“Right,” Scorpius said faintly, trying to remember if he did indeed bring anything from home.

“Get unpacked and go find Louis.” Frank started walking towards his tent, stretching his arms above his head as he went. “I need a nap.”

Scorpius sighed, pushing open the flap to his tent. He was delighted to discover it was a magical tent, and was rather nice. Bigger than his room at Hogwarts, the tent had a large bed, a table and two chairs, a writing desk with a lamp and a small bathroom. Setting his trunk down by the bed, Scorpius dug to the bottom and carefully unpacked his books. These he lay gently on the writing desk, along with the pile of parchment and quill he had brought along. His clothing he left in his trunk, there being no wardrobe or dresser to put them in.

He could feel sweat settling on his skin and quickly shed his shirt, going into the bathroom and washing his face and neck. In a fresh shirt and with his hair suitably combed, he left the tent to search for Louis.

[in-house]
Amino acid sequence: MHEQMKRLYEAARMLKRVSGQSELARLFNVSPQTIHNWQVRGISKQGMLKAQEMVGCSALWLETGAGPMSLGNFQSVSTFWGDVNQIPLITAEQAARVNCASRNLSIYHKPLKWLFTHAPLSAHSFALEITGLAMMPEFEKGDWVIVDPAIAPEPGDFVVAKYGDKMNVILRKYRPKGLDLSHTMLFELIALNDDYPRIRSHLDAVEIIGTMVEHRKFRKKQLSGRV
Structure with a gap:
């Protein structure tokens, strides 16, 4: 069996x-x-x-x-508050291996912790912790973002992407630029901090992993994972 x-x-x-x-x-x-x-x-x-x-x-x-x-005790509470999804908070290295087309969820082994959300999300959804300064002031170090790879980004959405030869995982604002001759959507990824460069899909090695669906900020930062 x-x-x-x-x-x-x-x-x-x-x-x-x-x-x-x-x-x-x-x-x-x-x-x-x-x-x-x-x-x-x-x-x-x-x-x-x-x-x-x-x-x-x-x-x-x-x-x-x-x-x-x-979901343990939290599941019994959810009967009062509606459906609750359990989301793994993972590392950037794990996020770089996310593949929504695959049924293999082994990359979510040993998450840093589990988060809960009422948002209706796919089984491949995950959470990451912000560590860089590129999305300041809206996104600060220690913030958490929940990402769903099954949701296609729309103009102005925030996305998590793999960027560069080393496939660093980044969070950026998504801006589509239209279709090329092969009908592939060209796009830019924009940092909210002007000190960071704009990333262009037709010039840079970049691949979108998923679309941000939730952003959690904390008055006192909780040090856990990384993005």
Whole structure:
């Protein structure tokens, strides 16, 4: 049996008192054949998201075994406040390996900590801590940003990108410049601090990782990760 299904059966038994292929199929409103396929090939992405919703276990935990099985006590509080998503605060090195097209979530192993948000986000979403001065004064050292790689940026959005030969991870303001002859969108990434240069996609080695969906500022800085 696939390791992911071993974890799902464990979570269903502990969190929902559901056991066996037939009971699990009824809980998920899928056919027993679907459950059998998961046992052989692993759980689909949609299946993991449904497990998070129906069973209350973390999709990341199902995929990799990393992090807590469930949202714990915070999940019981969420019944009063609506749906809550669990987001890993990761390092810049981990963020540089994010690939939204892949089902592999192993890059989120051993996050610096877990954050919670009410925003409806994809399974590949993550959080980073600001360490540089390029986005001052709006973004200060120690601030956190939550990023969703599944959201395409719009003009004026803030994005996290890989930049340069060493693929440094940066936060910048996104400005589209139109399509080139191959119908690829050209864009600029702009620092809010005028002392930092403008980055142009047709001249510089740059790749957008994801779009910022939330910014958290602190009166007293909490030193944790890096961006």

Avoiding the Scamander’s tents, Scorpius followed voices and found Louis and a small Peruvian man sitting inside what he assumed Frank meant by the dining tent.

“Glad you could make it, Malfoy,” Louis said by way of greeting. He stood up and shook Scorpius’ hand in his rather large and dirty one, and then introduced the other wizard as Luis Fernandez, the South American Ministry’s representative and the dig supervisor. Luis smiled and shook Scorpius’ hand firmly.

“I am glad you could come, Mr. Malfoy. We are in urgent need of your assistance.”